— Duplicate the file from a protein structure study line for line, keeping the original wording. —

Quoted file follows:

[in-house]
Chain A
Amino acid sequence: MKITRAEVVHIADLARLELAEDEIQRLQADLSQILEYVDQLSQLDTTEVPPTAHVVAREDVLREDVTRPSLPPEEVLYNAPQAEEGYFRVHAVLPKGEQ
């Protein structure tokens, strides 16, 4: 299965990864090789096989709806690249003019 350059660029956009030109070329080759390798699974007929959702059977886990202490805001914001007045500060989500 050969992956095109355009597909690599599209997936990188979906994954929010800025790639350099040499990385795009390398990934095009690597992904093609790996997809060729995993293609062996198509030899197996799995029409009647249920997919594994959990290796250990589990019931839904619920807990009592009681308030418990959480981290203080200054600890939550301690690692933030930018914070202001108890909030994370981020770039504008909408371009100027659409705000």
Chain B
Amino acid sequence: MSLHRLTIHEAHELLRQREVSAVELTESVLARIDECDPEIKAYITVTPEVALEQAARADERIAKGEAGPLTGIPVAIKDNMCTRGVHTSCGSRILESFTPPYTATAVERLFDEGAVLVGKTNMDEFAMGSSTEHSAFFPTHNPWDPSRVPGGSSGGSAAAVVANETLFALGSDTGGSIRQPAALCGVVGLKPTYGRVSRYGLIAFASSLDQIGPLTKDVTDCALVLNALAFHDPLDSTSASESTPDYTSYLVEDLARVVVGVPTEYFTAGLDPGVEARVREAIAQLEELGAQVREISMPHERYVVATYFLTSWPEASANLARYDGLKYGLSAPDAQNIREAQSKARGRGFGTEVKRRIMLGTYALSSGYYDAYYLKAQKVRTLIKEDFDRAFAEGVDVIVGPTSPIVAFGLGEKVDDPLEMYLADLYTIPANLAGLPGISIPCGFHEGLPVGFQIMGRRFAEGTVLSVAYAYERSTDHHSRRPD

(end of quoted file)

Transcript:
[in-house]
Chain A
Amino acid sequence: MKITRAEVVHIADLARLELAEDEIQRLQADLSQILEYVDQLSQLDTTEVPPTAHVVAREDVLREDVTRPSLPPEEVLYNAPQAEEGYFRVHAVLPKGEQ
């Protein structure tokens, strides 16, 4: 299965990864090789096989709806690249003019 350059660029956009030109070329080759390798699974007929959702059977886990202490805001914001007045500060989500 050969992956095109355009597909690599599209997936990188979906994954929010800025790639350099040499990385795009390398990934095009690597992904093609790996997809060729995993293609062996198509030899197996799995029409009647249920997919594994959990290796250990589990019931839904619920807990009592009681308030418990959480981290203080200054600890939550301690690692933030930018914070202001108890909030994370981020770039504008909408371009100027659409705000």
Chain B
Amino acid sequence: MSLHRLTIHEAHELLRQREVSAVELTESVLARIDECDPEIKAYITVTPEVALEQAARADERIAKGEAGPLTGIPVAIKDNMCTRGVHTSCGSRILESFTPPYTATAVERLFDEGAVLVGKTNMDEFAMGSSTEHSAFFPTHNPWDPSRVPGGSSGGSAAAVVANETLFALGSDTGGSIRQPAALCGVVGLKPTYGRVSRYGLIAFASSLDQIGPLTKDVTDCALVLNALAFHDPLDSTSASESTPDYTSYLVEDLARVVVGVPTEYFTAGLDPGVEARVREAIAQLEELGAQVREISMPHERYVVATYFLTSWPEASANLARYDGLKYGLSAPDAQNIREAQSKARGRGFGTEVKRRIMLGTYALSSGYYDAYYLKAQKVRTLIKEDFDRAFAEGVDVIVGPTSPIVAFGLGEKVDDPLEMYLADLYTIPANLAGLPGISIPCGFHEGLPVGFQIMGRRFAEGTVLSVAYAYERSTDHHSRRPD